explain the stylistic elements of Beloved's monologue and Morrison's purpose in constructing the chapter this way? ( part 2: chp 2-5)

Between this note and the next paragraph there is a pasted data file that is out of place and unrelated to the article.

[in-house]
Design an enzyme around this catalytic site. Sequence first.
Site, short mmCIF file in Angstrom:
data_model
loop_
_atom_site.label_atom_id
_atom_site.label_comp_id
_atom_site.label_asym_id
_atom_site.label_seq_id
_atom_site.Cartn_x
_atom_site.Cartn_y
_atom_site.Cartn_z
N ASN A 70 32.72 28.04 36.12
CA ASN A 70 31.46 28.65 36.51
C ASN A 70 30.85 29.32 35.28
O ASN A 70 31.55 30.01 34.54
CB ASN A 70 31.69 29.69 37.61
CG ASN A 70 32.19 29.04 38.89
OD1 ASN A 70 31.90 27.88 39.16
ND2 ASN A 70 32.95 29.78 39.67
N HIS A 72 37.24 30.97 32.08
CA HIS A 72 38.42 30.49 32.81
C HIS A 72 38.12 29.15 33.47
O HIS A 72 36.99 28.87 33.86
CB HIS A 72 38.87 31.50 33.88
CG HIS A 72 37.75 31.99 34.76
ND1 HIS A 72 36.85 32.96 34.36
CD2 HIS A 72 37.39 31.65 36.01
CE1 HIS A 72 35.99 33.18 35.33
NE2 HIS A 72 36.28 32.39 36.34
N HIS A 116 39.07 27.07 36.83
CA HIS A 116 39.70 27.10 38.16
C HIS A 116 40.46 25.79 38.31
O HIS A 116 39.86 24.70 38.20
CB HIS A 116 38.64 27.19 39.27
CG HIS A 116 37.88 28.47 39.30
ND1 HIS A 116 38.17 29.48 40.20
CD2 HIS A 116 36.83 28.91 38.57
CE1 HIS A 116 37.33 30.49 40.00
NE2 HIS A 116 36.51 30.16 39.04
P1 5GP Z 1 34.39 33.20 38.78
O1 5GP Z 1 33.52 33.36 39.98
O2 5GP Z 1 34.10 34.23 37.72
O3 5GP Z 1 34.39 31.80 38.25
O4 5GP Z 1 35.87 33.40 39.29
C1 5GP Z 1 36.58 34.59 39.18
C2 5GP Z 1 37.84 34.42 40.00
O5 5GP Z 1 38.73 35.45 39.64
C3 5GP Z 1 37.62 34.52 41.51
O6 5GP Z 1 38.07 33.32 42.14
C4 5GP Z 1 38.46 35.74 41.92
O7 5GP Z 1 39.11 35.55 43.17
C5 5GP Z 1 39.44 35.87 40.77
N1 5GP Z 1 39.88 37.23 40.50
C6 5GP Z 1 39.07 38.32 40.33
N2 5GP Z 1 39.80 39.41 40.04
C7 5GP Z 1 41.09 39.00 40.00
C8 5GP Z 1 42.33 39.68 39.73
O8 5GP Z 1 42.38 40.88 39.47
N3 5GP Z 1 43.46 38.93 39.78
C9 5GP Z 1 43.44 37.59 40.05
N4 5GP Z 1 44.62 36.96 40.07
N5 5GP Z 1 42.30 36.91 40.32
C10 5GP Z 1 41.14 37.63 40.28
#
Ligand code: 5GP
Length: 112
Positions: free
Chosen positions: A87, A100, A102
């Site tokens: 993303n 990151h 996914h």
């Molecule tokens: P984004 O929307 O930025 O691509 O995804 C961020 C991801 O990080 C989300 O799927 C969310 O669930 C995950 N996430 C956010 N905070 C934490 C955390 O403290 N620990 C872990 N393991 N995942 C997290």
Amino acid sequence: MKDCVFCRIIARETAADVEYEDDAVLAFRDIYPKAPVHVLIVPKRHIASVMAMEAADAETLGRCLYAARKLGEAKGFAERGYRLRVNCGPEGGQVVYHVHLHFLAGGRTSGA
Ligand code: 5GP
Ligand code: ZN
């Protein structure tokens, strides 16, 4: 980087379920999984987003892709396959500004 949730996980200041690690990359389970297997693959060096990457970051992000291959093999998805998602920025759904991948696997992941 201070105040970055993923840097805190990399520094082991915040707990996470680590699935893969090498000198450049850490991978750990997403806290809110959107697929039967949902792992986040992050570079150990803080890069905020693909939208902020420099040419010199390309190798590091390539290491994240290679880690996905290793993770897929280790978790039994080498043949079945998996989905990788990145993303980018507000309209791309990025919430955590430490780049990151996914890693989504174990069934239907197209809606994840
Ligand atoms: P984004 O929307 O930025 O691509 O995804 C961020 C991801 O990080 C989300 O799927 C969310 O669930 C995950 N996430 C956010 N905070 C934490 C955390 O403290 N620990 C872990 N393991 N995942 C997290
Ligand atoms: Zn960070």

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Beloved's monologue constitutes a kind of race-memory, as Beloved describes a world that is eternally a slave ship. Sixty million or more died on the voyage from Africa (Toni Morrison dedicates this novel to them), and the slave ships were cramped and deadly places, where the bodies of the living and the dead were crammed into dark, rat-infested cargo holds. The "men with no skin," white men, are both schoolteacher and the slave traders. This world of Beloved's is claustrophobic and eternal, and often she is curled up in it like a trapped fetus, desperate to be born again so that she can return to Sethe.